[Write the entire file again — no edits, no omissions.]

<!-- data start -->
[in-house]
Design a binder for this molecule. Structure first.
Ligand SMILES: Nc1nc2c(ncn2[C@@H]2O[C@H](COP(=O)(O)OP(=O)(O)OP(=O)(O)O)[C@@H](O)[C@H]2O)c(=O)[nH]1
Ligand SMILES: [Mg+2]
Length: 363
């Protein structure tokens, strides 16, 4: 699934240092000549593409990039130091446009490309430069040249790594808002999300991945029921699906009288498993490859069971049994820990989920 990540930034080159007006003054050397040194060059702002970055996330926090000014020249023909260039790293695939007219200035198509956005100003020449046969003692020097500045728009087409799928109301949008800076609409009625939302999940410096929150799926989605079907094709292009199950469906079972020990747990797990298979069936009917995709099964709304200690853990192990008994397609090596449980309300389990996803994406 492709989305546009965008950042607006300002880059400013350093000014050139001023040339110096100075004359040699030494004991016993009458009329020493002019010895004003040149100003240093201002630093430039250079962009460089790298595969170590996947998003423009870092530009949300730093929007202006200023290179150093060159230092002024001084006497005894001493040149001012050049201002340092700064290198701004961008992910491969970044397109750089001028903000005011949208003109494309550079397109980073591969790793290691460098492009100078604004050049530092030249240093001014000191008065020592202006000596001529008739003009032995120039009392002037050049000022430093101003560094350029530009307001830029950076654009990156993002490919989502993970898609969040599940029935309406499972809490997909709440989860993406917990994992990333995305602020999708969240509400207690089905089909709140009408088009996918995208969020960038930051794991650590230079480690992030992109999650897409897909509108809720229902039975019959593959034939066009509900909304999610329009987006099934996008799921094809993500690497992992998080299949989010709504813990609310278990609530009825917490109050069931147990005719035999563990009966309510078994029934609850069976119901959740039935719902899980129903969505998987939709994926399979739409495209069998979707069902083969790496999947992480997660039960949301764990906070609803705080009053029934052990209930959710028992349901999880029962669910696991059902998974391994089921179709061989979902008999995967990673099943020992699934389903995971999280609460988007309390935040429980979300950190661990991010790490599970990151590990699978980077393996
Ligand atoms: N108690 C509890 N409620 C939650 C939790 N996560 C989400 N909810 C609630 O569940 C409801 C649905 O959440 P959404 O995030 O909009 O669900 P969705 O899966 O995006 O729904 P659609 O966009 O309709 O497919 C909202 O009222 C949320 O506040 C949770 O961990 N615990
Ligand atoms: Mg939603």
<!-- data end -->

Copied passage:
[in-house]
Design a binder for this molecule. Structure first.
Ligand SMILES: Nc1nc2c(ncn2[C@@H]2O[C@H](COP(=O)(O)OP(=O)(O)OP(=O)(O)O)[C@@H](O)[C@H]2O)c(=O)[nH]1
Ligand SMILES: [Mg+2]
Length: 363
């Protein structure tokens, strides 16, 4: 699934240092000549593409990039130091446009490309430069040249790594808002999300991945029921699906009288498993490859069971049994820990989920 990540930034080159007006003054050397040194060059702002970055996330926090000014020249023909260039790293695939007219200035198509956005100003020449046969003692020097500045728009087409799928109301949008800076609409009625939302999940410096929150799926989605079907094709292009199950469906079972020990747990797990298979069936009917995709099964709304200690853990192990008994397609090596449980309300389990996803994406 492709989305546009965008950042607006300002880059400013350093000014050139001023040339110096100075004359040699030494004991016993009458009329020493002019010895004003040149100003240093201002630093430039250079962009460089790298595969170590996947998003423009870092530009949300730093929007202006200023290179150093060159230092002024001084006497005894001493040149001012050049201002340092700064290198701004961008992910491969970044397109750089001028903000005011949208003109494309550079397109980073591969790793290691460098492009100078604004050049530092030249240093001014000191008065020592202006000596001529008739003009032995120039009392002037050049000022430093101003560094350029530009307001830029950076654009990156993002490919989502993970898609969040599940029935309406499972809490997909709440989860993406917990994992990333995305602020999708969240509400207690089905089909709140009408088009996918995208969020960038930051794991650590230079480690992030992109999650897409897909509108809720229902039975019959593959034939066009509900909304999610329009987006099934996008799921094809993500690497992992998080299949989010709504813990609310278990609530009825917490109050069931147990005719035999563990009966309510078994029934609850069976119901959740039935719902899980129903969505998987939709994926399979739409495209069998979707069902083969790496999947992480997660039960949301764990906070609803705080009053029934052990209930959710028992349901999880029962669910696991059902998974391994089921179709061989979902008999995967990673099943020992699934389903995971999280609460988007309390935040429980979300950190661990991010790490599970990151590990699978980077393996
Ligand atoms: N108690 C509890 N409620 C939650 C939790 N996560 C989400 N909810 C609630 O569940 C409801 C649905 O959440 P959404 O995030 O909009 O669900 P969705 O899966 O995006 O729904 P659609 O966009 O309709 O497919 C909202 O009222 C949320 O506040 C949770 O961990 N615990
Ligand atoms: Mg939603």